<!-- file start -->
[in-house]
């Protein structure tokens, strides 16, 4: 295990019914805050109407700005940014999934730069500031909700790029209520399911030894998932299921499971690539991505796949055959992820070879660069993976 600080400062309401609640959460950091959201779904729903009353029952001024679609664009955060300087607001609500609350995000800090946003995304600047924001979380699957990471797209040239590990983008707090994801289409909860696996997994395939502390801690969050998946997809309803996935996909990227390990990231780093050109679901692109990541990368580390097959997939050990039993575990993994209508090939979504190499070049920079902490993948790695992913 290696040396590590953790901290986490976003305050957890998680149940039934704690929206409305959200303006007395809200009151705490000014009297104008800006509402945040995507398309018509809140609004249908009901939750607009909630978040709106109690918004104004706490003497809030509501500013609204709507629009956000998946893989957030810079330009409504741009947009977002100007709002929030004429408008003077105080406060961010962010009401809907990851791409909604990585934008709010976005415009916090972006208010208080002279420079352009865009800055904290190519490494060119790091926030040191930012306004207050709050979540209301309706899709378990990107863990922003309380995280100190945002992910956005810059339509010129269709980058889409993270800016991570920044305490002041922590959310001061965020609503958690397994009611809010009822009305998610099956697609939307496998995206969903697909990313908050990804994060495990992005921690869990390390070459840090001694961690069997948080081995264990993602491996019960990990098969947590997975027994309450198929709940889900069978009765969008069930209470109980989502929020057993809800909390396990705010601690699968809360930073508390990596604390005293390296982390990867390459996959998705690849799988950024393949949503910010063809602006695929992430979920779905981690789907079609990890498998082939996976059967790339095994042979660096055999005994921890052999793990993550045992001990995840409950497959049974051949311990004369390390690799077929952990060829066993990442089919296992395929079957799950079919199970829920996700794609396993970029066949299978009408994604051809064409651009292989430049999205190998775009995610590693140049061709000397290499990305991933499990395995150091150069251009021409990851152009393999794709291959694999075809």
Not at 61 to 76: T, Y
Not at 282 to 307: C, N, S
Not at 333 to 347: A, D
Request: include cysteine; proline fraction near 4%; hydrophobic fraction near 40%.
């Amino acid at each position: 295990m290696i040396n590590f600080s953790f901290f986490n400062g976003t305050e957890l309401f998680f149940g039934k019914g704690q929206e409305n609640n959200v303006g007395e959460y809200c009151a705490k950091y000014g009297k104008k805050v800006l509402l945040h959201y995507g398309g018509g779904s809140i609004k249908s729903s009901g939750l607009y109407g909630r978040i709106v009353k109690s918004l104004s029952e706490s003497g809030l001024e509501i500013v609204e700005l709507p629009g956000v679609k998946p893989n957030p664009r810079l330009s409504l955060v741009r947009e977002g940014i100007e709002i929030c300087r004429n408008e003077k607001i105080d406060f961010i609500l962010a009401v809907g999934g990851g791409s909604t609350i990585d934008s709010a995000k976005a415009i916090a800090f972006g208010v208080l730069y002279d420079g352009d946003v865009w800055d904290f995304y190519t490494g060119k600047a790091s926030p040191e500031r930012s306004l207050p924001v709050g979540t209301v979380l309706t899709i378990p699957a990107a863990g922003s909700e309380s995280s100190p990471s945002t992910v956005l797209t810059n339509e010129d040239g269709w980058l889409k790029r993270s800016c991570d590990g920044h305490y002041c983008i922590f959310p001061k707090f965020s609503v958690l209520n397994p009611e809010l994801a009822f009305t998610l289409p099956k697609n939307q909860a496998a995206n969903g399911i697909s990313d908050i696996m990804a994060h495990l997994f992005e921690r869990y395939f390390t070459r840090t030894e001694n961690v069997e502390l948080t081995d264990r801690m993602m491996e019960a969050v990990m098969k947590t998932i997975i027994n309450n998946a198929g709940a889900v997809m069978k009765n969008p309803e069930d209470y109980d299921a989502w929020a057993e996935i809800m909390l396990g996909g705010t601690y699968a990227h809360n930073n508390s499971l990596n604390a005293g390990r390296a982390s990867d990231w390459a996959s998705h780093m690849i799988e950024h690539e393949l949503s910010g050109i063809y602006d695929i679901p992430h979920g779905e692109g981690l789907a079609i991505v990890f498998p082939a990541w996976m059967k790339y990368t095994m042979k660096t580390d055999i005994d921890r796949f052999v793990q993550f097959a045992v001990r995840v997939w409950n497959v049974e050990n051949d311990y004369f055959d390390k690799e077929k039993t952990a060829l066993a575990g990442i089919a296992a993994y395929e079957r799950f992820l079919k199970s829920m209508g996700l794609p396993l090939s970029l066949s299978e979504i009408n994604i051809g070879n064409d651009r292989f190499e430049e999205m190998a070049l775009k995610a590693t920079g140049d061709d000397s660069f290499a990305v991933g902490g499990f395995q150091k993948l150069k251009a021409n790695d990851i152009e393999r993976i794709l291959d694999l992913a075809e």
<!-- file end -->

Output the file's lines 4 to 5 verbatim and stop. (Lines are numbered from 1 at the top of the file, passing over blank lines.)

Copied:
Not at 282 to 307: C, N, S
Not at 333 to 347: A, D